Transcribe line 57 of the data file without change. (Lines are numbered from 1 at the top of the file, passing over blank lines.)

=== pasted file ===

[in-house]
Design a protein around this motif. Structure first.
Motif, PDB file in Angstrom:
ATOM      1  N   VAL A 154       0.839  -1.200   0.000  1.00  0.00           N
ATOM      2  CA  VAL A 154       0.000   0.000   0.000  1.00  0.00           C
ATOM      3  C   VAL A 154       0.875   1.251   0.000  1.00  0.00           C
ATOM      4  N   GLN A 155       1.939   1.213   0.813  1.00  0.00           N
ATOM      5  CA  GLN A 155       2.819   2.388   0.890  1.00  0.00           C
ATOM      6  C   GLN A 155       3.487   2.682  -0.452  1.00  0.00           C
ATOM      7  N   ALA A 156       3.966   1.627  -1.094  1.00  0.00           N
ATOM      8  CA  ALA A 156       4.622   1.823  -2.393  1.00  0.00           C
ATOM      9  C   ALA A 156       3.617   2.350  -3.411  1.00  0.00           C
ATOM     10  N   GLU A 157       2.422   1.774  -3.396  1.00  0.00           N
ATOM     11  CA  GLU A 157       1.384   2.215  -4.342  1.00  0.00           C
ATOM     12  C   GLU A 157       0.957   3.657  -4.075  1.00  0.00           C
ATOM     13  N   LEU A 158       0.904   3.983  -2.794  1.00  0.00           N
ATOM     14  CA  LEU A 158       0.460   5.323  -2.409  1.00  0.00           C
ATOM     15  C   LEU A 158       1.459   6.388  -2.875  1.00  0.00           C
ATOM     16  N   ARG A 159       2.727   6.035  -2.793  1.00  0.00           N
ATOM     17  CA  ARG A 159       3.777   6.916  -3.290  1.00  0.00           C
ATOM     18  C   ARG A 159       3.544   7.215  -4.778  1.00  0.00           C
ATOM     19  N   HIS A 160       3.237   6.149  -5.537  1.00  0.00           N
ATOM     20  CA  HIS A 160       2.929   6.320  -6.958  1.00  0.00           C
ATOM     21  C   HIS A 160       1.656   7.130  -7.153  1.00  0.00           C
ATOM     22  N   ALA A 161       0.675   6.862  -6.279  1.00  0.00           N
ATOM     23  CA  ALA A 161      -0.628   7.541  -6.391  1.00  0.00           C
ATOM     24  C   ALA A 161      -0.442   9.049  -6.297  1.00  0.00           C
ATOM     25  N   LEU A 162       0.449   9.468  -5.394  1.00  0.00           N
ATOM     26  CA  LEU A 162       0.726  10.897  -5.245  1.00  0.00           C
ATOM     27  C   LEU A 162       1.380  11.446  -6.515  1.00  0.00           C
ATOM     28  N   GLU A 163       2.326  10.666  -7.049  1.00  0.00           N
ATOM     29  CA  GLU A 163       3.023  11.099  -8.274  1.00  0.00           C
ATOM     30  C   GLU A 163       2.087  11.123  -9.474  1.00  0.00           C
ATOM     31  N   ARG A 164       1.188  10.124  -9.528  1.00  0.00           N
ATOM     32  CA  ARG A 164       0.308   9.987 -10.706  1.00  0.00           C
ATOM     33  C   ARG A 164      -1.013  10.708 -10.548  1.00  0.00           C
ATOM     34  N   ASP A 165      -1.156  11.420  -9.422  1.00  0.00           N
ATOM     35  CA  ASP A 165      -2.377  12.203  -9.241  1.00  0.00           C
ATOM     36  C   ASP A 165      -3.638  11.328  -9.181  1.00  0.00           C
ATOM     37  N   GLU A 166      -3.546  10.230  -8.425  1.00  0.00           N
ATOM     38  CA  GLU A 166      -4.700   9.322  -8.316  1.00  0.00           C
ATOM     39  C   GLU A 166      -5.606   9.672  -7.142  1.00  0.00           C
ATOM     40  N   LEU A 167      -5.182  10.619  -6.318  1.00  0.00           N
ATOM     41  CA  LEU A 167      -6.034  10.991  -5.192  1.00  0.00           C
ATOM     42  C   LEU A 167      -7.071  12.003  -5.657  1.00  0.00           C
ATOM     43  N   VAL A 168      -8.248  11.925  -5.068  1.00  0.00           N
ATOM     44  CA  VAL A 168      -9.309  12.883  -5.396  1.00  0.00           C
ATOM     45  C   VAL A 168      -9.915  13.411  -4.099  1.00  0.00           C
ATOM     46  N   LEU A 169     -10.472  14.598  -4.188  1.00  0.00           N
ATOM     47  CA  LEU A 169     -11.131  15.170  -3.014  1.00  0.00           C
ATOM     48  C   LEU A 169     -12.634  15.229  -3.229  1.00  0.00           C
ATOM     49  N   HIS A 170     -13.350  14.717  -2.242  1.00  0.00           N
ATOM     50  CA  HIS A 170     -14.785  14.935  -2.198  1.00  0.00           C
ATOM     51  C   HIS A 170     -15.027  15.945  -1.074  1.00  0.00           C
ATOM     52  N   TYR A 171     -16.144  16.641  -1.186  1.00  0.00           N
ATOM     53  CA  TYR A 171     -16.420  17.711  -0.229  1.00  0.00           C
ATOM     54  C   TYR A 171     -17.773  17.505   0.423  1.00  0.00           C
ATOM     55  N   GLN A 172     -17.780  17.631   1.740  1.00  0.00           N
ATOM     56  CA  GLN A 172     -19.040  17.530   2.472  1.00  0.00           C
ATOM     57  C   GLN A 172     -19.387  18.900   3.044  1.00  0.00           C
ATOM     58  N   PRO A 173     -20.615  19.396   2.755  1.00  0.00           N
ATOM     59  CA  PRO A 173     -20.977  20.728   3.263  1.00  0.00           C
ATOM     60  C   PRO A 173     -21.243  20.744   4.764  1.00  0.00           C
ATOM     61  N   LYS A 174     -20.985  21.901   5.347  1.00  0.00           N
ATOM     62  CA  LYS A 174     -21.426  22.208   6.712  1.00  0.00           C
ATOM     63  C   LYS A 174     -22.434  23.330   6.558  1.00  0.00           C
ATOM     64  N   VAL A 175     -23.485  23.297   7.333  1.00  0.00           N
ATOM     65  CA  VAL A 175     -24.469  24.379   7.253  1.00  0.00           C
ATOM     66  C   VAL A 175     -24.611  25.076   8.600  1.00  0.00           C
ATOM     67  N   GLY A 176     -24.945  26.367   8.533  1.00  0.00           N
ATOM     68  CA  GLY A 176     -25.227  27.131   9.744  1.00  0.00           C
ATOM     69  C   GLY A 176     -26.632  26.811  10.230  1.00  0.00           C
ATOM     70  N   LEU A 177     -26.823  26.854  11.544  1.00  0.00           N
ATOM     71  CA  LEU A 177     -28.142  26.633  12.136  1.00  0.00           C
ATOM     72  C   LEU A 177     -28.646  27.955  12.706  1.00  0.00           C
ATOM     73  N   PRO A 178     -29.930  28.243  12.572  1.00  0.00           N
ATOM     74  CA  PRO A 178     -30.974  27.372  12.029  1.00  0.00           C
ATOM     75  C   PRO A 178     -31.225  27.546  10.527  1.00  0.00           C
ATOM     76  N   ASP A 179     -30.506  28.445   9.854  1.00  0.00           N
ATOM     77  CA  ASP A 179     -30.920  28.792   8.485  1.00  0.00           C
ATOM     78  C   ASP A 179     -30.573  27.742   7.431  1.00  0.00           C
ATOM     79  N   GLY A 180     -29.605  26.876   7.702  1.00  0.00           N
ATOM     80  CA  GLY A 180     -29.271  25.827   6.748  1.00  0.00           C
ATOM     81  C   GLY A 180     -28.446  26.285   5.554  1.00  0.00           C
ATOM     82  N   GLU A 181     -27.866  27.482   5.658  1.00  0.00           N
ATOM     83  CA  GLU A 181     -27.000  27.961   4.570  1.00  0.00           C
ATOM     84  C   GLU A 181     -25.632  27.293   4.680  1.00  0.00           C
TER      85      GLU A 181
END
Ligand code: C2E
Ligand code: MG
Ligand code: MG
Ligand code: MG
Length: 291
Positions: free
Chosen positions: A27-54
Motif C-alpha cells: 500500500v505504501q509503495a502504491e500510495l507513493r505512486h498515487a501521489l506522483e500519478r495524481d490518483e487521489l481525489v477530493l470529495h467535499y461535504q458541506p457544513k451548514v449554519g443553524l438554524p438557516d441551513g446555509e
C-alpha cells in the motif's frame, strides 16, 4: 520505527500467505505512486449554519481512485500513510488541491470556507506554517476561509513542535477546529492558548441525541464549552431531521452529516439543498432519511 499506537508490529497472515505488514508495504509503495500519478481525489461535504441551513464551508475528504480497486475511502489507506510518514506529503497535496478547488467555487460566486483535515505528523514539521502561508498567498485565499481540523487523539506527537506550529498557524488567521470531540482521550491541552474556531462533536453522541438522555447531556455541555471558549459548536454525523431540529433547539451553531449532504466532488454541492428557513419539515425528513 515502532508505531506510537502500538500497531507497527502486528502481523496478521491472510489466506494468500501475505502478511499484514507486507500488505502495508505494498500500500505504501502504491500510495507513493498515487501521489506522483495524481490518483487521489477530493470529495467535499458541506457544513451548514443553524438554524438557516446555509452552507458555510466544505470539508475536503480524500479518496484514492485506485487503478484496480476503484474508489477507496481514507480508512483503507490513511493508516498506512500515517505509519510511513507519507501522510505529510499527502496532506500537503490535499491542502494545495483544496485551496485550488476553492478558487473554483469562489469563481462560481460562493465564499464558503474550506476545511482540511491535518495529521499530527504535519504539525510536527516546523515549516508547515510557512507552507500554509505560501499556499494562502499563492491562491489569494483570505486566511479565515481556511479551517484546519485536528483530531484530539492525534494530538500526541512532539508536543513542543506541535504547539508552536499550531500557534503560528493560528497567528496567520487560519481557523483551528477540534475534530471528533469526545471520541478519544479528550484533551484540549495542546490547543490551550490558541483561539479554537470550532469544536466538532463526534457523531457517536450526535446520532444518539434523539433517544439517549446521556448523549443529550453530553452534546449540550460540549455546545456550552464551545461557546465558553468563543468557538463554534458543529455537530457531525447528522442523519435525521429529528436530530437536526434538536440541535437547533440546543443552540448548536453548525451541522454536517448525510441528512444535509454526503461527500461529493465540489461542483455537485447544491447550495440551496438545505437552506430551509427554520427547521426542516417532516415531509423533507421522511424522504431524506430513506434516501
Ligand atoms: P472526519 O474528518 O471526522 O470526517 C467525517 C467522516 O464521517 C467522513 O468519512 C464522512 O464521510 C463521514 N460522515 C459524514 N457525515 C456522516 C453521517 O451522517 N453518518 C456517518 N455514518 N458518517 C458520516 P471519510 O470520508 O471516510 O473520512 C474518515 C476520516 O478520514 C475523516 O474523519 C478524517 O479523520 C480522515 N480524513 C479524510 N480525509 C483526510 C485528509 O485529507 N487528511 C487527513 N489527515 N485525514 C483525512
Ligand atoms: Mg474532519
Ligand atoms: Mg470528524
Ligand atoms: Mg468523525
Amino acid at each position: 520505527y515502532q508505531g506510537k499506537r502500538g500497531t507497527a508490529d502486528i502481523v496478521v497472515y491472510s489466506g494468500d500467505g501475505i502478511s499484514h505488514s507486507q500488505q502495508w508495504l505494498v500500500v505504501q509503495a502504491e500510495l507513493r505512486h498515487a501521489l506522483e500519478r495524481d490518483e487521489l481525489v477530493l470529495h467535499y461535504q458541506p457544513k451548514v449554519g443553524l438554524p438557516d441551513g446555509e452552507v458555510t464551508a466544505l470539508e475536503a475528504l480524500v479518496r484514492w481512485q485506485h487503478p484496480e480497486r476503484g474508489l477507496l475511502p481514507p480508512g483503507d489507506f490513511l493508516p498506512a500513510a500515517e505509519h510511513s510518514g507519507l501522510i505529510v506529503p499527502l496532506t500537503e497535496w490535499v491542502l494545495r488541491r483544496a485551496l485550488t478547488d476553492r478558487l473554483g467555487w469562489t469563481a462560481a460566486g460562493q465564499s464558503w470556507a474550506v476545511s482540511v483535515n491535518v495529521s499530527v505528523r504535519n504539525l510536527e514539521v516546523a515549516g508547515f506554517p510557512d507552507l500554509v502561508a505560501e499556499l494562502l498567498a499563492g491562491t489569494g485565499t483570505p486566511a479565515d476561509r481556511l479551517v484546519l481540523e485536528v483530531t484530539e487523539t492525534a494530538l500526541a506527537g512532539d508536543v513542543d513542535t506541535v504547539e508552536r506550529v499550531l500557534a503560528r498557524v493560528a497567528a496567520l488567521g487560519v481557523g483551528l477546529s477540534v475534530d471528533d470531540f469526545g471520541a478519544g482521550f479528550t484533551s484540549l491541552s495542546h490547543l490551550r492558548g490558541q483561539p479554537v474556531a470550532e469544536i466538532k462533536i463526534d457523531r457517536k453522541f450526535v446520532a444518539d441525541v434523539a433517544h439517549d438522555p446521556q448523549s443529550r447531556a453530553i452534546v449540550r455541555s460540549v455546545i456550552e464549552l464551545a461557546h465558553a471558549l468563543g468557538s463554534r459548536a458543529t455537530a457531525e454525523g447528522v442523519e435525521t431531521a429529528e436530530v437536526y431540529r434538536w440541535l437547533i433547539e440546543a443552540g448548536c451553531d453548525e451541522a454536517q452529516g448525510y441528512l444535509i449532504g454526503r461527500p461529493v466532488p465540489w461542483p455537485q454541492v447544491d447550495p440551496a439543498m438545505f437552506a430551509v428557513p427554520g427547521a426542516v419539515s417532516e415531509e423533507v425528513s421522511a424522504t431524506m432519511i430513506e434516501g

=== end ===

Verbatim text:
ATOM     54  C   TYR A 171     -17.773  17.505   0.423  1.00  0.00           C